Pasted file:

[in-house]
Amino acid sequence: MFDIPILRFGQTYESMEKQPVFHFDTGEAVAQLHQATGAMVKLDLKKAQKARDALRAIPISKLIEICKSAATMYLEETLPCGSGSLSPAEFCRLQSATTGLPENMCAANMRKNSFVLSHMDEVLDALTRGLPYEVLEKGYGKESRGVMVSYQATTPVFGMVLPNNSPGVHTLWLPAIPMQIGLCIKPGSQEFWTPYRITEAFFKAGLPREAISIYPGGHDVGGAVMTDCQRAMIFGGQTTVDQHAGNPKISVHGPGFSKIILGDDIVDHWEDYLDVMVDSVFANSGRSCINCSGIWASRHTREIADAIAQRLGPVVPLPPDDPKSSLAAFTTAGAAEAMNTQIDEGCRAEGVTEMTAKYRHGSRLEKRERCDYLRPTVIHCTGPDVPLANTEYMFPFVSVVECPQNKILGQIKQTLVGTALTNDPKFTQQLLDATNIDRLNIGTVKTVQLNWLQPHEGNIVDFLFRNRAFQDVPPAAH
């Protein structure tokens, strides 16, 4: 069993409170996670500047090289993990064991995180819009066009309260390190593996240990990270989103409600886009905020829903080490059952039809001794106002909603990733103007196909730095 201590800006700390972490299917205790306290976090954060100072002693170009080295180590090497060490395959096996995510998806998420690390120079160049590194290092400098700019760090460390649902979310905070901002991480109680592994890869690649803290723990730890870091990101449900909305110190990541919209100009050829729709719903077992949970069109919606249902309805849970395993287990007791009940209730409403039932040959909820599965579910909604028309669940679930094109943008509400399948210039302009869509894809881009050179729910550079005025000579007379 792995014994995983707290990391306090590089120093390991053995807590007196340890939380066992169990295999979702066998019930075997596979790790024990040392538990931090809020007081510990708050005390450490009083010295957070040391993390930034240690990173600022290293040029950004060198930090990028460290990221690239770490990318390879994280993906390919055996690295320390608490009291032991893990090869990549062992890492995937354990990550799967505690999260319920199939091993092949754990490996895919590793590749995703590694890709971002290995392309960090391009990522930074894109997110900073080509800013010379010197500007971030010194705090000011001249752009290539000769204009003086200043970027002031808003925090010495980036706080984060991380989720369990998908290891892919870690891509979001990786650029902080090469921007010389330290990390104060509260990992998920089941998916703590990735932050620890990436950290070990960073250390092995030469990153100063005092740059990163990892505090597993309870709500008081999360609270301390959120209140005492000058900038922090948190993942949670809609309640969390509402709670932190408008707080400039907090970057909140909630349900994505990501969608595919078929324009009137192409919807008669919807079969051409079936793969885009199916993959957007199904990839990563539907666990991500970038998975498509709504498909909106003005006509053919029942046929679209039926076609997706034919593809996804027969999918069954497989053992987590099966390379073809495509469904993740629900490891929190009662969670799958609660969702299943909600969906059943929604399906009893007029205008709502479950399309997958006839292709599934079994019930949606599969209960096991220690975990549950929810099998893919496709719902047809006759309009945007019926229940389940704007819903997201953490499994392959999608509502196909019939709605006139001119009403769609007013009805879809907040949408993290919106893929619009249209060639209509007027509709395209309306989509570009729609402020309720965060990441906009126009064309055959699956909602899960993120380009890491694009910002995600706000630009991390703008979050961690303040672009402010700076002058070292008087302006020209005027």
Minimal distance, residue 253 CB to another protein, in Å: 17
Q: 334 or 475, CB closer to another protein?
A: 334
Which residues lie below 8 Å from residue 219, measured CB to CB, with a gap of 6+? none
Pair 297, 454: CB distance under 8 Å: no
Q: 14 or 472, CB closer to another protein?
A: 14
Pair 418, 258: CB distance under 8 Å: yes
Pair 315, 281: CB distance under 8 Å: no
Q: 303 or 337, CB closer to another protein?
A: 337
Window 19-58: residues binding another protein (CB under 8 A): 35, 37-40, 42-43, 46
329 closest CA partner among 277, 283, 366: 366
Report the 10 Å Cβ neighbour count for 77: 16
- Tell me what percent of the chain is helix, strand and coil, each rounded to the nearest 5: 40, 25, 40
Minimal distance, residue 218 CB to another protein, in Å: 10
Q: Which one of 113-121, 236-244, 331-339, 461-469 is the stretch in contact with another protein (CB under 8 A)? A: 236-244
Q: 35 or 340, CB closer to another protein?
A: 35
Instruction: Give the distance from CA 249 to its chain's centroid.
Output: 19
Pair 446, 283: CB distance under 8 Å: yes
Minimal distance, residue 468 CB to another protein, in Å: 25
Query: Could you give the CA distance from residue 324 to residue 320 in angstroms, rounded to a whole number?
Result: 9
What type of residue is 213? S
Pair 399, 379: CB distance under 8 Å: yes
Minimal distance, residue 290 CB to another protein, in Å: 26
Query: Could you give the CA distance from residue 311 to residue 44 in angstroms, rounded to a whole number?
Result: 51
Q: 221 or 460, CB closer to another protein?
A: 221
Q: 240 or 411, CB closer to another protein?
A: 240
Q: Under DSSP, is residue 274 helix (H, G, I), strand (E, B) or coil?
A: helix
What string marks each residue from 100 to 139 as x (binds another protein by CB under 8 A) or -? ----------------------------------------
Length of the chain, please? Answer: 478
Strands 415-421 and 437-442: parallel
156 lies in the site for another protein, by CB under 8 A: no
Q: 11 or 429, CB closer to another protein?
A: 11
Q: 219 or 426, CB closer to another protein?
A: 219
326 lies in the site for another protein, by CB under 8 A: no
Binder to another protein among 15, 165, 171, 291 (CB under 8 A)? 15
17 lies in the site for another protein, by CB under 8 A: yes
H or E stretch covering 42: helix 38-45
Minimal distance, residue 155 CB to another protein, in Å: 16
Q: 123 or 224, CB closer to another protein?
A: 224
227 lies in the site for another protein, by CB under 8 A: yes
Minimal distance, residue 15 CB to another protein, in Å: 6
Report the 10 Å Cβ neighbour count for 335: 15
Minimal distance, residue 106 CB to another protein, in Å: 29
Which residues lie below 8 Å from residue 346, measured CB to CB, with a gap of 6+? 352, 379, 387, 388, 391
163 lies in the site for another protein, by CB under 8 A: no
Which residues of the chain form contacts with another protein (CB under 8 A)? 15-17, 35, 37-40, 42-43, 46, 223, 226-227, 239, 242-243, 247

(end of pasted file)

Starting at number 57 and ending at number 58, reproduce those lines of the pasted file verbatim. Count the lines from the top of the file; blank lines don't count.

Report the 10 Å Cβ neighbour count for 335: 15
Minimal distance, residue 106 CB to another protein, in Å: 29